Setting up the tile server is likely the more difficult part as setting up the client to point at a new tile server is incredibly easy. I’m not going into setting up the tile server in this post.

First setting up the ASPX page to handle this:

<form id="form1" runat="server">
       <asp:ScriptManager ID="ScriptManager1" runat="server"
         EnablePartialRendering="true" />
       <ve:Map ID="VEMap" runat="server" Height="600px" Width="600px"
         ZoomLevel="8" Center-Latitude="55.75" Center-Longitude="-3.5" />

As you can see there isn’t anything unusual here. There are no additional options to set.

However, in the Page_Load event handler there are some things that need to be set up:

protected void Page_Load(object sender, EventArgs e)
    VEMap.DashboardSize = DashboardSize.Tiny;
    List<LatLongRectangle> bounds = CalculateBounds();
    TileSourceSpecification tileSpec = new TileSourceSpecification(
        "OSM", "", 1, bounds, 1, 18, "getTilePath", 1.0, 100, true);
    VEMap.AddTileLayer(tileSpec, true);
private static List<LatLongRectangle> CalculateBounds()
    List<LatLongRectangle> bounds = new List<LatLongRectangle>();
    LatLongRectangle box = new LatLongRectangle(
        new LatLong(90, -180), new LatLong(-90, 180));
    return bounds;

First of all, we are reducing the dashboard side down to its minimum because the particular tile server does not support the other features provided in the dashboard such as switching between road and aerial photography.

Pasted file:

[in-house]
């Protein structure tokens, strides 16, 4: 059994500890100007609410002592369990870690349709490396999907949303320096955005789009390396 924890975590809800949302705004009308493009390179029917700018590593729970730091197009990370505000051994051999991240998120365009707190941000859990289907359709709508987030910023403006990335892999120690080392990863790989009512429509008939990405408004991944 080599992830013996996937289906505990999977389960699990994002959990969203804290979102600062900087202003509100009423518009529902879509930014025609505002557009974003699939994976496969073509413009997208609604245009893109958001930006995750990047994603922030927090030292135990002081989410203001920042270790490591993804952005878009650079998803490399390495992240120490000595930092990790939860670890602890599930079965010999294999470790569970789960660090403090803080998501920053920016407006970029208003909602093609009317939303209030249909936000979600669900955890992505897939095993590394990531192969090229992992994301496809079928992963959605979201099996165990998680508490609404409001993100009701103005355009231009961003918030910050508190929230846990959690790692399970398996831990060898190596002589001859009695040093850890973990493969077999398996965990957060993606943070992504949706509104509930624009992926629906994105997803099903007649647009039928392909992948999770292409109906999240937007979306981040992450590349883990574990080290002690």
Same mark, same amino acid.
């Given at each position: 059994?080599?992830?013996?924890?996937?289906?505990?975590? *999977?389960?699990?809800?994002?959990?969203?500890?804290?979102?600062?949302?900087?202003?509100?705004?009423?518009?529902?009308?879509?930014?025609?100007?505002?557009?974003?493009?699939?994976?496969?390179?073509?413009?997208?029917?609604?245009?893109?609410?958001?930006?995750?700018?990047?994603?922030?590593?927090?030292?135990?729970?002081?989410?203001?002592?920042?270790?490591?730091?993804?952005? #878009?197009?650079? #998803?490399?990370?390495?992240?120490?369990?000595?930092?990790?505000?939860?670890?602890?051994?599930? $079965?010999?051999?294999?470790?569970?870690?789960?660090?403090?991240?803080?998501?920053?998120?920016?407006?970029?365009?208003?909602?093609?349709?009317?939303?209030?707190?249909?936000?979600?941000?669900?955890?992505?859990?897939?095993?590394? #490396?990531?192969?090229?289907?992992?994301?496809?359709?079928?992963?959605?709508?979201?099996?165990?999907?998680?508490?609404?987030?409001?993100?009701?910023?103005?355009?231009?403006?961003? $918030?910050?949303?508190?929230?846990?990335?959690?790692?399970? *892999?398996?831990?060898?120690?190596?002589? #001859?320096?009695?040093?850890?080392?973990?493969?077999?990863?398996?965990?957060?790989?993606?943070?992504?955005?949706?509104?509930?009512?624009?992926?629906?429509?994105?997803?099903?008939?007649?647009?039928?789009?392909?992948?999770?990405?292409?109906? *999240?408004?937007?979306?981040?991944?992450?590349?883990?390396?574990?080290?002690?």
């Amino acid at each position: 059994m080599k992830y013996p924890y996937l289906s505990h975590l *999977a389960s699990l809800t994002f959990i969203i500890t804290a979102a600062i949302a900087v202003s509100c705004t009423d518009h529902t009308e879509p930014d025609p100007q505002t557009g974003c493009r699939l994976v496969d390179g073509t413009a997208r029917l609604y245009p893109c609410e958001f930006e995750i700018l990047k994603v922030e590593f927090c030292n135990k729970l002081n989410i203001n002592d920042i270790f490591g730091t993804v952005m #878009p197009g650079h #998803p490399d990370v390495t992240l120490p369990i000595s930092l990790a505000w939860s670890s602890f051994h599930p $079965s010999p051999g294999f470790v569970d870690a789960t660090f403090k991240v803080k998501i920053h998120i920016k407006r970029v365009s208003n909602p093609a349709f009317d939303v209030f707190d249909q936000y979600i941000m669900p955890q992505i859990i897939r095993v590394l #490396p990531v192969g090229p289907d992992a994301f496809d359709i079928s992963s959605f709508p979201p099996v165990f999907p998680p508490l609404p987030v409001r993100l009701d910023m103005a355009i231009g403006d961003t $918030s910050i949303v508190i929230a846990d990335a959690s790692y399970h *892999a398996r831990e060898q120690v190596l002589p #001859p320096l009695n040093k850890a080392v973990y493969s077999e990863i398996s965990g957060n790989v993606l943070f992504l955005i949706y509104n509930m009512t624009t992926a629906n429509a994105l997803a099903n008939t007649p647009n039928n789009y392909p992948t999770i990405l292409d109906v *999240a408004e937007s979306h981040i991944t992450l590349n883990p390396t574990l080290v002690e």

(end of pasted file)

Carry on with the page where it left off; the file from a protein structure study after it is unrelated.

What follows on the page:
We create the TileSourceSpecification that defines what the tile server can do and how to interact with it. The parameters are:

  • Id: An identifier for you to use to identify the tile server, if you are using more than one.
  • TileSource: You can set up a string format to define the URL of the tiles, but only if your tile server is using the same naming convention as Virtual Earth itself. It has the ability of switching between road, aerial and hybrid modes and load balancing. More info on the TileSource Property…
  • NumServers: If your tile server is load balanced then this specifies the number of servers.
  • Bounds: This is the bounding box of the tile layer. In our case above the tile server covers the entire world so our bounding box covers +90,-180 to -90,+180
  • MinZoomLevel / MaxZoomLevel: This pair of parameters specify the the minimum and maximum zoom levels. 1=the whole world, 18 = street level.